Hi, hello, important PSA: MoonPie, the storied American company known for its graham cracker-marshmallow-cookie concoctions, has arguably become one of the funniest, strangest, and most personable brands on Twitter.
The iconic 100-year-old brand, based in Chattanooga, Tennessee, has just been living its best, unfiltered, sassy life.
From savage replies and clapbacks:
To little political digs and statements:
Like commenting on net neutrality.
Making a sly reference to that time when a rogue Twitter employee briefly deactivated the president's Twitter account.
And pointedly suggesting that instead of trying to grab and kiss women under the mistletoe, people could just "string a couple of MoonPies up there" and then "pull em close and tell them how much you respect them."
The guy making up all these random, funny, sassy, and off-the-cuff tweets is Patrick Wells from Knoxville, Tennesse. He's a social media manager with The Tombras Group and has been running Moonpie's Twitter for about a year.
"I've been having a lot of fun just developing this quirky, unique voice for a cult brand that had a much older fan base," the 26-year-old told BuzzFeed News. "The more bizarre I get, the better."
The brand really blew up on Twitter back in August, when Wells tweeted this simple clapback at Hostess after they stated that they were the “official snack cake of the eclipse."
After that, Wells (aka MoonPie) became even more emboldened, delivering expert disses and snarky remarks that have left people in awe.
"I just chime back in some sort of fashion that's honest and authentic," he said. "A lot of it is off-the-cuff."
Like when MoonPie totally shut down a Twitter user named Kaela Thompson, in an exchange that went viral with nearly 10,000 retweets and 41,000 likes.
Well damn, MoonPie.
Being the voice of MoonPie and these other bold and cheeky brands, like Arby's and Wendy's, is a lot of work, Wells says.
"A lot of these interactions you're seeing really do hinge on the personalities of the people running them," he explains. "Everything is so quick."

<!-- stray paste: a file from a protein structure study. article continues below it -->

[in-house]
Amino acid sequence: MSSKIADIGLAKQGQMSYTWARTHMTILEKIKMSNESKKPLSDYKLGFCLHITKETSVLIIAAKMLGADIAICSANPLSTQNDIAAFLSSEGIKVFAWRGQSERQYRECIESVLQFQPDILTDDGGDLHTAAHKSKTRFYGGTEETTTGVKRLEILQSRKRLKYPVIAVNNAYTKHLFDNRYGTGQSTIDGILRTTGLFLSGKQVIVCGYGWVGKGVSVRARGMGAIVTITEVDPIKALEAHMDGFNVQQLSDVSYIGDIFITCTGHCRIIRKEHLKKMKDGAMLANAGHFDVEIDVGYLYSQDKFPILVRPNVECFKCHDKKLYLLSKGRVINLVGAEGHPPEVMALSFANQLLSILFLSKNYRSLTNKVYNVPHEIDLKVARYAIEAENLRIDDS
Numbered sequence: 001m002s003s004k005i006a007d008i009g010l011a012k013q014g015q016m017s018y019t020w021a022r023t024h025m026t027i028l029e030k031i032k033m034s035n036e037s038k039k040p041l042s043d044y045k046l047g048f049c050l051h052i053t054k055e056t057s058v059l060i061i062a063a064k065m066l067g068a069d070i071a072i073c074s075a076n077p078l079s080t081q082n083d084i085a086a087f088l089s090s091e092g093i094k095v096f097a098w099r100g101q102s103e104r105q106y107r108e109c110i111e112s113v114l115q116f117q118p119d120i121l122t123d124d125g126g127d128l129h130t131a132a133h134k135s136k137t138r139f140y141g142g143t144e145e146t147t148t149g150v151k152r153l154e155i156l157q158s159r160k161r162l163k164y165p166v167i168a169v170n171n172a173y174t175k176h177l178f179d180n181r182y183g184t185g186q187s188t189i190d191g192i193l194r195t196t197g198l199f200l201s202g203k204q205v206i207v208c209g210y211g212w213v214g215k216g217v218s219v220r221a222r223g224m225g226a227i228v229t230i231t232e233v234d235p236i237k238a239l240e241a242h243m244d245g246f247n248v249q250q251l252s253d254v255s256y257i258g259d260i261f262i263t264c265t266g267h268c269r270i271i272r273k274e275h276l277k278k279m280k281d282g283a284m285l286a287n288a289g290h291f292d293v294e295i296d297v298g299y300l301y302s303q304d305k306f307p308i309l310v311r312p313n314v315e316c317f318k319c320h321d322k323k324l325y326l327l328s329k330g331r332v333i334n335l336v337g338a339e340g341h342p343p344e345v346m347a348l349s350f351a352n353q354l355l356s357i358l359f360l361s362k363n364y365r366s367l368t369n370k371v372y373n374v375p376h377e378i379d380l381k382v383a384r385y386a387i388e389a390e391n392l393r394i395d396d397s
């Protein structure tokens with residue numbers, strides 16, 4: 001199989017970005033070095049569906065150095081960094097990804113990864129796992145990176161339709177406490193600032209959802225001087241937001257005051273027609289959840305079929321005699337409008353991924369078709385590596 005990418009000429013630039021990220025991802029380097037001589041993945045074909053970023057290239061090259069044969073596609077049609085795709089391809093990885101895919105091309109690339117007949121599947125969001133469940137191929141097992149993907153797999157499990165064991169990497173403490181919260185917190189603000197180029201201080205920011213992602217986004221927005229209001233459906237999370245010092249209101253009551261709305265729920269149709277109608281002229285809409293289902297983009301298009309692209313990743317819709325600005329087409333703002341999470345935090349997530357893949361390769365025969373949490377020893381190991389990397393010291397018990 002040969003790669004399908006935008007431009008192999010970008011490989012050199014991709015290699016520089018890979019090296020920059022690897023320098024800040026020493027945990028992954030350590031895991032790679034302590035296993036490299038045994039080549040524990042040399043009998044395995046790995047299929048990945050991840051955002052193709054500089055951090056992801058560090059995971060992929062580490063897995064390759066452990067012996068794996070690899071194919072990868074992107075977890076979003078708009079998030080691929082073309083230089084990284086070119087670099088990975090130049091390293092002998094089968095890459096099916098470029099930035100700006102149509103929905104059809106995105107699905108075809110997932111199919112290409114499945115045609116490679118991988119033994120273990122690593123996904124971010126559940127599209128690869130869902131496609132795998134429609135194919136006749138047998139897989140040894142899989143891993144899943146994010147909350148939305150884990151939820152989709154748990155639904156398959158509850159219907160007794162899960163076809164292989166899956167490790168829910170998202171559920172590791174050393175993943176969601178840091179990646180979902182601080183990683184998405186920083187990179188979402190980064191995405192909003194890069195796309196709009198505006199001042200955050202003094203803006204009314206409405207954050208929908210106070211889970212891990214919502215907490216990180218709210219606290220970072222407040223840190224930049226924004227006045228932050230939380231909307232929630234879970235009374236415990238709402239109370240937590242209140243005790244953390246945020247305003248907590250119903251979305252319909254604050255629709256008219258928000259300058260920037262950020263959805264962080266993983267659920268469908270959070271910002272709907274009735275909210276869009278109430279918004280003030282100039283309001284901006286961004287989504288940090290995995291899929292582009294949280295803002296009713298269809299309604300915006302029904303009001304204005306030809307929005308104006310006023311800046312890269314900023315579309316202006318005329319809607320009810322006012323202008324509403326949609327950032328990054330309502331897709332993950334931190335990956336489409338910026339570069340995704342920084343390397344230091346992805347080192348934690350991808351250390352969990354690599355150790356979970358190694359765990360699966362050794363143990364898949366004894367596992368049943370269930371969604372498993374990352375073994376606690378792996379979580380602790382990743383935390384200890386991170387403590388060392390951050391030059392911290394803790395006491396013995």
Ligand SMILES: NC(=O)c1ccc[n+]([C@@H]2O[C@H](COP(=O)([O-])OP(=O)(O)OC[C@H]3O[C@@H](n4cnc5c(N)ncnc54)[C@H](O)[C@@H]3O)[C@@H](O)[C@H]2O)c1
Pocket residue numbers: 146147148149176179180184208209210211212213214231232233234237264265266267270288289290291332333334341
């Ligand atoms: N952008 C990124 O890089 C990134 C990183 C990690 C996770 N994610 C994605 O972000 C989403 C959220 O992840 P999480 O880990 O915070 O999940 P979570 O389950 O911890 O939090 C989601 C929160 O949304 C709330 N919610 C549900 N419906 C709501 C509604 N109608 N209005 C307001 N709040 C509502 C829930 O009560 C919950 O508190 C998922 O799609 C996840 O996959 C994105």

He also made sure to keep MoonPie weird.
And just casually dropping wtf MoonPie-inspired memes and stock photos.
In addition to becoming pro at roasting people and being random, Wells also started making MoonPie like your average, kind of weird friend on the internet. He takes the time to do cat birthday shout-outs.
And tries to give solid life advice and perspective.
Like taking risks and living on the edge with your MoonPie.
And exploring the self.
While responding to users so frequently and quickly, MoonPie (and Wells) became a kind of social media therapist and friend.
"I tweeted 'if you're feeling sad we can talk about it' and people just started replying and DM'ing me about what was going on in their lives," Wells said. "People really opened up."
One time, Wells said MoonPie went back and forth with a Twitter user who was upset about her relationship with a guy who had not been texting her back.
"It was a real genuine experience. It was kind of weird," he recalled. "It's cool to see people open up and I think it's comforting for them to talk with someone who doesn't have a face."
Wells dishes out genuine, though still humorous, advice to those ask for it whenever he can.
Or just chats with people just to chat.
Along with cultivating relationships with followers, the OG marshmallow sandwich is apparently tight with Wendy's (another brand that has also been 🔥 on Twitter lately).
IRL, Wells said he actually does know some people behind the Wendy's Twitter account and they are also fun and sassy.
"It's this totally wild new way of engaging with people who just love to laugh or open up and be vulnerable with a brand," he said. "And we're plugged in. We're answering in the off hours. We're having a lot of fun being ourselves but also these personalities."
People on Twitter have losing their minds over this brandmance.
So thank you, to Wells and the other faceless men and women behind these brands who make us laugh and give deep, meaningful advice.
And who remind us of the simple pleasures in life and how just damn amazing this crazy internet world can be.
Brianna Sacks is a reporter for BuzzFeed News and is based in Los Angeles.
Contact Brianna Sacks at email@example.com.
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